Seventy-five-year-old tennis coach, Daniel Vedamuthu who’s made the game accessible even to children from economically weaker backgrounds

At the Sastri Nagar Tennis Centre, 75-year-old coach Daniel Vedamuthu is seated under a tree, watching his students play. “You might wonder why I’m still doing this,” he tells me, as I sit down next to him. “It is not to earn my bread. I’m a pensioner; so is my wife. But I coach students so that they don’t have to face the difficulties I faced when I coached my daughter!” A (voluntarily) retired superintendent from Thanjavur Medical College, Daniel’s tennis journey began when his daughter showed a keen interest in the game. “I started teaching my daughter, and soon became an authority in Thanjavur. My daughter played well, and today, she’s a successful coach in Sunnyvale, U.S. I moved to Chennai for her game; and started this centre 12 years ago.” And since then, Daniel’s tennis centre, in the Vidya Ratna School grounds, Sastri Nagar, has seen 40 to 45 children honing their game.

Daniel does not believe the game should be the privilege of the moneyed. “Tennis was once considered a royal game. When the British were here, every headquarters had a court.” Even now, the game is made out to be elitist. “But no child must be deprived of opportunities, be it education or sport, because they come from economically weak backgrounds. Underprivileged students, from this neighbourhood, come to learn from me. There’s usually a spike around the U.S. Open and Wimbledon, when they watch it on T.V. They easily make up 25 per cent of every batch. Initially, they have a fear, and say they have no money. But I tell them to come for the lessons anyway,” he says.

When he started teaching, Daniel used to be on the court for six hours everyday, racket in hand. “But I tell my students never to buy a racket immediately, no matter how enthusiastic they may seem. I tell them to use our rackets,” he says. “Sometimes, the kids lose interest in a week; then it just becomes an ornament around the house!” he laughs.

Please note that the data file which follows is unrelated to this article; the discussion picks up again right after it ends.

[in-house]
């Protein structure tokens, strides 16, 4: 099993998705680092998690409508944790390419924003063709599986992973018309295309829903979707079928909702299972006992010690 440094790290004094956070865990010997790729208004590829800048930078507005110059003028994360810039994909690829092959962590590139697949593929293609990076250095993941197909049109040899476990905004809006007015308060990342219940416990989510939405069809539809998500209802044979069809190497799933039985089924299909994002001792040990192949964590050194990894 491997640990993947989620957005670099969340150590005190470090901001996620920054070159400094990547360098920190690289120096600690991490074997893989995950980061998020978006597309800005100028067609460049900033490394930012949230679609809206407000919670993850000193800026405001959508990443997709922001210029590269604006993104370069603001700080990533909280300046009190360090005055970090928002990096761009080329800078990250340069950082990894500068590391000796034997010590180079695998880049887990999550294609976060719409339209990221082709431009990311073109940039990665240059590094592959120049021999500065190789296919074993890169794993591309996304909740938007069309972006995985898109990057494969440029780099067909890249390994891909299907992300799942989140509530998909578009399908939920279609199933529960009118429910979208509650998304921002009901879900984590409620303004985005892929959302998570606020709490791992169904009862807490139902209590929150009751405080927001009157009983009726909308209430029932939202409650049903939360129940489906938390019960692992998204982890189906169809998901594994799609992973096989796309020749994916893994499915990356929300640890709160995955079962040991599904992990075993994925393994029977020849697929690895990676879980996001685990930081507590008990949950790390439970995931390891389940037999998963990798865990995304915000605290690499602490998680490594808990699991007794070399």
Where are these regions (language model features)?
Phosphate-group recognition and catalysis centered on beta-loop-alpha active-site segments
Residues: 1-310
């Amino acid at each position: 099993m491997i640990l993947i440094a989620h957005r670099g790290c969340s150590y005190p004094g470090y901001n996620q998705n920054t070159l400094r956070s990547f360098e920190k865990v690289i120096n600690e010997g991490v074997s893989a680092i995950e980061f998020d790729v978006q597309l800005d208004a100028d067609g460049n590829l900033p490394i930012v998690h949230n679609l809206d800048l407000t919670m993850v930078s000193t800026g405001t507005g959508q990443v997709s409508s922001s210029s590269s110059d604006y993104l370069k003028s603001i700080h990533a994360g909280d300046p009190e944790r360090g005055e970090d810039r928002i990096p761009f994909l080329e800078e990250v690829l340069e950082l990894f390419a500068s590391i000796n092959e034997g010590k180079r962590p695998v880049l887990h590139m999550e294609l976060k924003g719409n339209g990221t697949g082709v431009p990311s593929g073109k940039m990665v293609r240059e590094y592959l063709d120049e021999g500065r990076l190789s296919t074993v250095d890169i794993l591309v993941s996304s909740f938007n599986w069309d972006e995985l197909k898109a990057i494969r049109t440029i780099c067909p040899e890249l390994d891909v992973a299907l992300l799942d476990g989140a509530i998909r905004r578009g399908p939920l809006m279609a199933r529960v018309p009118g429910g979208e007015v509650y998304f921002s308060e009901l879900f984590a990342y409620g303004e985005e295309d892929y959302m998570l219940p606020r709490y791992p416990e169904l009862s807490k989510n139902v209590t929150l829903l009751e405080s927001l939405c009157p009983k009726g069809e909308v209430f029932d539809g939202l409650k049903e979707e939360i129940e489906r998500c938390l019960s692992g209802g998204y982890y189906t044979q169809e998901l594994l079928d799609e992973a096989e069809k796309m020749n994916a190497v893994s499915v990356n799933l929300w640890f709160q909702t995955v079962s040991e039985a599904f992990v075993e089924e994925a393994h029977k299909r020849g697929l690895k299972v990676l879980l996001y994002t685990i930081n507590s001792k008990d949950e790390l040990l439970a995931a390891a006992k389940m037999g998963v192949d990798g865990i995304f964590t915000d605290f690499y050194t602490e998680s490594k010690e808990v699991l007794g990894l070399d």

As we speak, two of Daniel’s older students drop in for a chat. Hari Chandrasekaran from Sastri Nagar who has trained under Daniel for 12 years, says he joined the centre, but dropped out in the first year, as he couldn’t afford the fees. “Sir sent some boys to my house, and asked me to come back. Till today, I don’t pay any fees. He taught me personally, and now, I play professionally, and want to be a coach.” An engineer by education, he says tennis is his calling. “There are plenty of students like me, who can’t afford fees; I want to tutor them.” Vasanth, Daniel’s student the last 10 years, also talks about tennis being his first love. “I’ve represented SRM University, where I studied, in tennis, and have won loads of trophies and medals,” he says.

The aim of the centre, says Daniel, is to bring students upto speed quickly. “Guna,” he introduces me to his marker and assistant, “is very good. In a week’s time, he makes sure the students are standing behind the nets!” “I believe it is my duty to teach the game; it does not need any reward,” Daniel says simply.